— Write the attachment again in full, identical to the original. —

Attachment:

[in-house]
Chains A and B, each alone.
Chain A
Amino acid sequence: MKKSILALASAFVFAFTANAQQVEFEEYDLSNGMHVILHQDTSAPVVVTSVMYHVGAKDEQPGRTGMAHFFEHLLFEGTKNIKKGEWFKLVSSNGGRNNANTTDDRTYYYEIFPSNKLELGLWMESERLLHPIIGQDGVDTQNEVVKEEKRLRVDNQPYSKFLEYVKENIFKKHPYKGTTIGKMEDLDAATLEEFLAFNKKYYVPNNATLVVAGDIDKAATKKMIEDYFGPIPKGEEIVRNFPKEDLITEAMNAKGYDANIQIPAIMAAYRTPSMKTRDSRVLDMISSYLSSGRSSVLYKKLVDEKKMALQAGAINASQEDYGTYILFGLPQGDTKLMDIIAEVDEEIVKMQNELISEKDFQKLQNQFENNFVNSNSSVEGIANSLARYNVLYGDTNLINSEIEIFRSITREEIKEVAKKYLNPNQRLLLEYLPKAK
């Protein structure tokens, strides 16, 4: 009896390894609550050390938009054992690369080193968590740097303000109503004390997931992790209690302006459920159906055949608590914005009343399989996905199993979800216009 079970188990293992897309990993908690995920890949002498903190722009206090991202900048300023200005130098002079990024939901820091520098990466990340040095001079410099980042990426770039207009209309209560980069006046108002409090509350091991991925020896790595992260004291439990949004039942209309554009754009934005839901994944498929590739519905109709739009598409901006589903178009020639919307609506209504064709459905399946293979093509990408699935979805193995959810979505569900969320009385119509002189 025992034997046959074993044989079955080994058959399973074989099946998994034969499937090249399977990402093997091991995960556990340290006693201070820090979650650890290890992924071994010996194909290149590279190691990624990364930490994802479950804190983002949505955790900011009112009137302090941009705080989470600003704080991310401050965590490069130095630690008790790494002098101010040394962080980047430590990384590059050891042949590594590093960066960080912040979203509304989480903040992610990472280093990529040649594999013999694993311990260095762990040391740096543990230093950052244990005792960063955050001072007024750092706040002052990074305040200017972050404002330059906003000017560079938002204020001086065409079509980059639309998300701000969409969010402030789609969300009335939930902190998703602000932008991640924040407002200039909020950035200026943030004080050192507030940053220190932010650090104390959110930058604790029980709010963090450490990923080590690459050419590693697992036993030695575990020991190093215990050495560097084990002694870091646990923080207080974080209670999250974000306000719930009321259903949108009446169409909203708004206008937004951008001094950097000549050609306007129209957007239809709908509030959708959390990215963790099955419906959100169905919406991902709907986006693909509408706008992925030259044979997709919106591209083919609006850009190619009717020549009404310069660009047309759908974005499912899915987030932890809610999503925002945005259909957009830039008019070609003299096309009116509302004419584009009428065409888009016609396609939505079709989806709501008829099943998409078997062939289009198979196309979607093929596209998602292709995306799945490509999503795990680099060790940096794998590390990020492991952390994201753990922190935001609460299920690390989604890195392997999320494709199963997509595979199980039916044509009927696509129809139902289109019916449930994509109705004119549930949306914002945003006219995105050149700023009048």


[in-house]
Chains A and B, each alone.
Chain A
Amino acid sequence: MKKSILALASAFVFAFTANAQQVEFEEYDLSNGMHVILHQDTSAPVVVTSVMYHVGAKDEQPGRTGMAHFFEHLLFEGTKNIKKGEWFKLVSSNGGRNNANTTDDRTYYYEIFPSNKLELGLWMESERLLHPIIGQDGVDTQNEVVKEEKRLRVDNQPYSKFLEYVKENIFKKHPYKGTTIGKMEDLDAATLEEFLAFNKKYYVPNNATLVVAGDIDKAATKKMIEDYFGPIPKGEEIVRNFPKEDLITEAMNAKGYDANIQIPAIMAAYRTPSMKTRDSRVLDMISSYLSSGRSSVLYKKLVDEKKMALQAGAINASQEDYGTYILFGLPQGDTKLMDIIAEVDEEIVKMQNELISEKDFQKLQNQFENNFVNSNSSVEGIANSLARYNVLYGDTNLINSEIEIFRSITREEIKEVAKKYLNPNQRLLLEYLPKAK
């Protein structure tokens, strides 16, 4: 009896390894609550050390938009054992690369080193968590740097303000109503004390997931992790209690302006459920159906055949608590914005009343399989996905199993979800216009 079970188990293992897309990993908690995920890949002498903190722009206090991202900048300023200005130098002079990024939901820091520098990466990340040095001079410099980042990426770039207009209309209560980069006046108002409090509350091991991925020896790595992260004291439990949004039942209309554009754009934005839901994944498929590739519905109709739009598409901006589903178009020639919307609506209504064709459905399946293979093509990408699935979805193995959810979505569900969320009385119509002189 025992034997046959074993044989079955080994058959399973074989099946998994034969499937090249399977990402093997091991995960556990340290006693201070820090979650650890290890992924071994010996194909290149590279190691990624990364930490994802479950804190983002949505955790900011009112009137302090941009705080989470600003704080991310401050965590490069130095630690008790790494002098101010040394962080980047430590990384590059050891042949590594590093960066960080912040979203509304989480903040992610990472280093990529040649594999013999694993311990260095762990040391740096543990230093950052244990005792960063955050001072007024750092706040002052990074305040200017972050404002330059906003000017560079938002204020001086065409079509980059639309998300701000969409969010402030789609969300009335939930902190998703602000932008991640924040407002200039909020950035200026943030004080050192507030940053220190932010650090104390959110930058604790029980709010963090450490990923080590690459050419590693697992036993030695575990020991190093215990050495560097084990002694870091646990923080207080974080209670999250974000306000719930009321259903949108009446169409909203708004206008937004951008001094950097000549050609306007129209957007239809709908509030959708959390990215963790099955419906959100169905919406991902709907986006693909509408706008992925030259044979997709919106591209083919609006850009190619009717020549009404310069660009047309759908974005499912899915987030932890809610999503925002945005259909957009830039008019070609003299096309009116509302004419584009009428065409888009016609396609939505079709989806709501008829099943998409078997062939289009198979196309979607093929596209998602292709995306799945490509999503795990680099060790940096794998590390990020492991952390994201753990922190935001609460299920690390989604890195392997999320494709199963997509595979199980039916044509009927696509129809139902289109019916449930994509109705004119549930949306914002945003006219995105050149700023009048």